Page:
11. Continuing thanks for all this! The more one reads the more one sees the thought and consideration that thas obviously gone into the present work. For instance, a small detail but the ‘Enclosed Solo on Swell’ coupler. The possiblilities for liturgical work will surely be greatly enhanced and one can only but imagine the ‘uber’ full Swell effect complete with Tubas! A
  12. One small query. What will be the effect of the Choir ‘Octaves Alone’ please? Thanks A
  13. It is interesting to compare the work going on at York with that at Canterbury, both at the hands of the same firm. Rather in the manner of ‘neo’ H&H at one and ‘neo’ Willis at the other. Both look to being eventually excellent for their respective buildings and uses - I do wonder however whether the next incarnation at Worcester could be ‘neo’ Hope Jones. That would be fun and there is at least one builder I can think of who might be able to build it! A
  14. Clifton Cathedral in Bristol also has an electronic in use alongside the 1973 Rieger Orgelbau instrument. A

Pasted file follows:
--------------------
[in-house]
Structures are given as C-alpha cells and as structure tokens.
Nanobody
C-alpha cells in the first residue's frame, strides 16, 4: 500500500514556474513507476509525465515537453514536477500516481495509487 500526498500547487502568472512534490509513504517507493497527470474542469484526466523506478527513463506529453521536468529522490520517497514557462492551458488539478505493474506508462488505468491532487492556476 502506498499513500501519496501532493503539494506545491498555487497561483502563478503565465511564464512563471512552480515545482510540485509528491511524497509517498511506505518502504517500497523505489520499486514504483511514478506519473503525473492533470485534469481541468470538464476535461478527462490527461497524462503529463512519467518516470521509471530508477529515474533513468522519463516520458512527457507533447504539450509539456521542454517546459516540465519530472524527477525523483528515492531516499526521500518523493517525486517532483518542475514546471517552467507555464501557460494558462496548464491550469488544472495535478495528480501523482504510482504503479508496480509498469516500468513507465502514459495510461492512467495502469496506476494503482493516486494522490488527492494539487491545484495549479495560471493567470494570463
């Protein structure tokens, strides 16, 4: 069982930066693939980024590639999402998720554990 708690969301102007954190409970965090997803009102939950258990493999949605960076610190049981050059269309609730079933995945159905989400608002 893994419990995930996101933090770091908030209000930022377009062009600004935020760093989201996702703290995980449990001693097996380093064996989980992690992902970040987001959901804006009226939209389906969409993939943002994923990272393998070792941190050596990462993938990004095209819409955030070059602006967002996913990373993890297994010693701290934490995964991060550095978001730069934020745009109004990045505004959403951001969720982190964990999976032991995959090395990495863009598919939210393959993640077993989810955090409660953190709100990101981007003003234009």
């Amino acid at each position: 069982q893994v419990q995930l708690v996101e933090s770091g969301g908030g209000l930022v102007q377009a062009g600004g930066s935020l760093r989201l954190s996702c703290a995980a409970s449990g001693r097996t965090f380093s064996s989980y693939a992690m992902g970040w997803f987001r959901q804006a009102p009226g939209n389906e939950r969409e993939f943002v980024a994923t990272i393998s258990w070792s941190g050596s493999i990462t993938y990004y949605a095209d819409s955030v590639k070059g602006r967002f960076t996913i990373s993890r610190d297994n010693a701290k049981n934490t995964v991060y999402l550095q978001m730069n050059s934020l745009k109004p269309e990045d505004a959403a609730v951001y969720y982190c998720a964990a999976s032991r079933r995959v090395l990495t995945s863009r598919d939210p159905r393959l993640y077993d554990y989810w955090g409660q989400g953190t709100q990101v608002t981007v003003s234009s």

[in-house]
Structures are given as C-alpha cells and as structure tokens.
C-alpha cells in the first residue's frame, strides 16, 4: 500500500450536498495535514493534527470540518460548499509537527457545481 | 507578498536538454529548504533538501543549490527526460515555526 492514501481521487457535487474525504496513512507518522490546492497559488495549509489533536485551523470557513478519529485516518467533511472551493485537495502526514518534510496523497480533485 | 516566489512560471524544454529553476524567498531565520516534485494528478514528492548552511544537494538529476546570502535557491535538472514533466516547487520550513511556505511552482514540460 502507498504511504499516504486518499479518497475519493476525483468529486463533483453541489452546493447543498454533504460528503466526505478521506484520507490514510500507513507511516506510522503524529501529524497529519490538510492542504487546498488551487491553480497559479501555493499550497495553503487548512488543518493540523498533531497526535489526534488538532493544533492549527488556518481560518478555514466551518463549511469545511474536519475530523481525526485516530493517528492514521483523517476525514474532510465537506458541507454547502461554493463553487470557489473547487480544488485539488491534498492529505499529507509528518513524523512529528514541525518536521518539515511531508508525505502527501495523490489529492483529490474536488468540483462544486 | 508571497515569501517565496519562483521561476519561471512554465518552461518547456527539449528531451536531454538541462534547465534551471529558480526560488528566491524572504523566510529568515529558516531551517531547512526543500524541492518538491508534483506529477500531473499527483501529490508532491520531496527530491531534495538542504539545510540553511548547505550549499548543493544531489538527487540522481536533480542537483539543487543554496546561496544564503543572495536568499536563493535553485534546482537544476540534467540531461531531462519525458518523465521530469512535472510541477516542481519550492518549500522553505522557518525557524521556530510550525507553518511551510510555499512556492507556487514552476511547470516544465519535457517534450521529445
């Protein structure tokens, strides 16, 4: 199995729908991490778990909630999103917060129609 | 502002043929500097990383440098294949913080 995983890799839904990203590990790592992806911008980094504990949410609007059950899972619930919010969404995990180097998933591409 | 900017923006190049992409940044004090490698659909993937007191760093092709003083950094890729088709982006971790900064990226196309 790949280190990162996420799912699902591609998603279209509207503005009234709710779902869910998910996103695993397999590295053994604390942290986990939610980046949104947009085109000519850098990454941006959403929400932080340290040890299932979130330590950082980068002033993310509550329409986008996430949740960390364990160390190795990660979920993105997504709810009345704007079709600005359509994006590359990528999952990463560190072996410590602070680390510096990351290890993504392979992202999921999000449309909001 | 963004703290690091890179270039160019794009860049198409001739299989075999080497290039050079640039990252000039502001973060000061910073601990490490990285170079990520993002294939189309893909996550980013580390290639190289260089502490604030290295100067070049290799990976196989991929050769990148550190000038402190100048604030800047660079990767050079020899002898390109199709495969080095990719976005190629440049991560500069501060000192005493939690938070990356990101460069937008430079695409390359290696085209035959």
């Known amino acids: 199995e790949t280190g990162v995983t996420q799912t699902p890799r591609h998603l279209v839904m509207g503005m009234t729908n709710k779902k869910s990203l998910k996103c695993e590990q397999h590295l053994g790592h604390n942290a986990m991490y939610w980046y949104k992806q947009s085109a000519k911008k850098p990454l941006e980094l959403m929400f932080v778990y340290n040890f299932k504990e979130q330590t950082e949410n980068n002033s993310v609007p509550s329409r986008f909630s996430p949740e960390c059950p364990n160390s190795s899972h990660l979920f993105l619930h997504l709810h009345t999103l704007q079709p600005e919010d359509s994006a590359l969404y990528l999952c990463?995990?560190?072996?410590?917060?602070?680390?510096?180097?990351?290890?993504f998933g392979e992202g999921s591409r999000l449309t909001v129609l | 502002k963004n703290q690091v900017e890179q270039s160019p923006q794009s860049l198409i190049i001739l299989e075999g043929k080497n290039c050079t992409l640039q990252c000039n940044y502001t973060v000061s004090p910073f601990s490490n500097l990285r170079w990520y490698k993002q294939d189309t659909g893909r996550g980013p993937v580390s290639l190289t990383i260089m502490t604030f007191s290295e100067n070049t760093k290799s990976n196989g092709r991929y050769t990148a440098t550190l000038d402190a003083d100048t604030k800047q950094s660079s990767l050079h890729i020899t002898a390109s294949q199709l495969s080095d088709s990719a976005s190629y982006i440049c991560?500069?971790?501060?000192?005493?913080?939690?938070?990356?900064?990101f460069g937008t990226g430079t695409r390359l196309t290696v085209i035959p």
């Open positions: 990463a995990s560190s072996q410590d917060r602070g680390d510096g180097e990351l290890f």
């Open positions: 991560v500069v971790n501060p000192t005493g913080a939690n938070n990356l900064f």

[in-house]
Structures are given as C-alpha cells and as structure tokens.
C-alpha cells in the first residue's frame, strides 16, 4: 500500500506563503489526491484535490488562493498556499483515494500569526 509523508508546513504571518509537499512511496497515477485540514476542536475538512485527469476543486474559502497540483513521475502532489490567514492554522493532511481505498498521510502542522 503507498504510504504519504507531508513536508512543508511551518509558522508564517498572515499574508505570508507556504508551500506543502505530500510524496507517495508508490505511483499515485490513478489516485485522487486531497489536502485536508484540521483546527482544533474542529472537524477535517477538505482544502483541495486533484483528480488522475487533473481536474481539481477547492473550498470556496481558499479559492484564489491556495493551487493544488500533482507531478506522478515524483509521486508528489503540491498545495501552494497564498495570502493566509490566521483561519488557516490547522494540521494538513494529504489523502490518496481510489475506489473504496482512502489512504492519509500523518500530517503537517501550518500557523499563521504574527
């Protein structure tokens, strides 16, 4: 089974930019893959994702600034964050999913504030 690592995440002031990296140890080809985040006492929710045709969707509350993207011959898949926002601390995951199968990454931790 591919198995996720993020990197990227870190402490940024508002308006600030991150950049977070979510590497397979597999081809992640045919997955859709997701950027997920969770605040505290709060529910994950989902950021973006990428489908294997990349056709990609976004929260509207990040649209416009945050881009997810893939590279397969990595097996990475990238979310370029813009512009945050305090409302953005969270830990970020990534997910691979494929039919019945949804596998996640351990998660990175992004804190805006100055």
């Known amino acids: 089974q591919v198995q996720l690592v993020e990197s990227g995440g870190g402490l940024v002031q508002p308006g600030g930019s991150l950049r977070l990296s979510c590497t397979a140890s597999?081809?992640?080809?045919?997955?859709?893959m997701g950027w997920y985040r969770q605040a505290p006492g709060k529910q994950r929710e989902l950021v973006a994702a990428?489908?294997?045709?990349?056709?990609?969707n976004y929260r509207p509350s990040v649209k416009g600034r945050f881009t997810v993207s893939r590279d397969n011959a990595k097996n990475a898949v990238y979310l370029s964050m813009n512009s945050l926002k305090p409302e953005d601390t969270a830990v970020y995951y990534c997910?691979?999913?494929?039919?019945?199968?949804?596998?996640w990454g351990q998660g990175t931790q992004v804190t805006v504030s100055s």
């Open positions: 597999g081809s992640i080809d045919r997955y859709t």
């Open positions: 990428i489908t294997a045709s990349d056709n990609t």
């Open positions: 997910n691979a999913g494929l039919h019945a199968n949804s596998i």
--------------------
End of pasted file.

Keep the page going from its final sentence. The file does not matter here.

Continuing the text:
15. The renowned French organist and composer Jean Guillou has died. A
  16. Depending on their ages - do not play anything too long even if it means excerpts. If they know what is ‘going on’ then the repertoire does not have to be all pieces they know. If you gain their attention then you will have achieved much. Pieces that you can enthuse about will work whether it be a selected chunk of JSB, Messiaen’s ‘Les Bergers’ the Duruflé ‘Scherzo’ etc. Also maybe find out what they have done at school. ‘Not sure how this would work but maybe also involve some participation - ‘prepared’ semi improvisations with ostinati, drones, pentatonic (or more exotic) scales etc. The younger the are the fewer preconceived ideas they have so as long as you gain their attention most things will work! Sounds exciting! A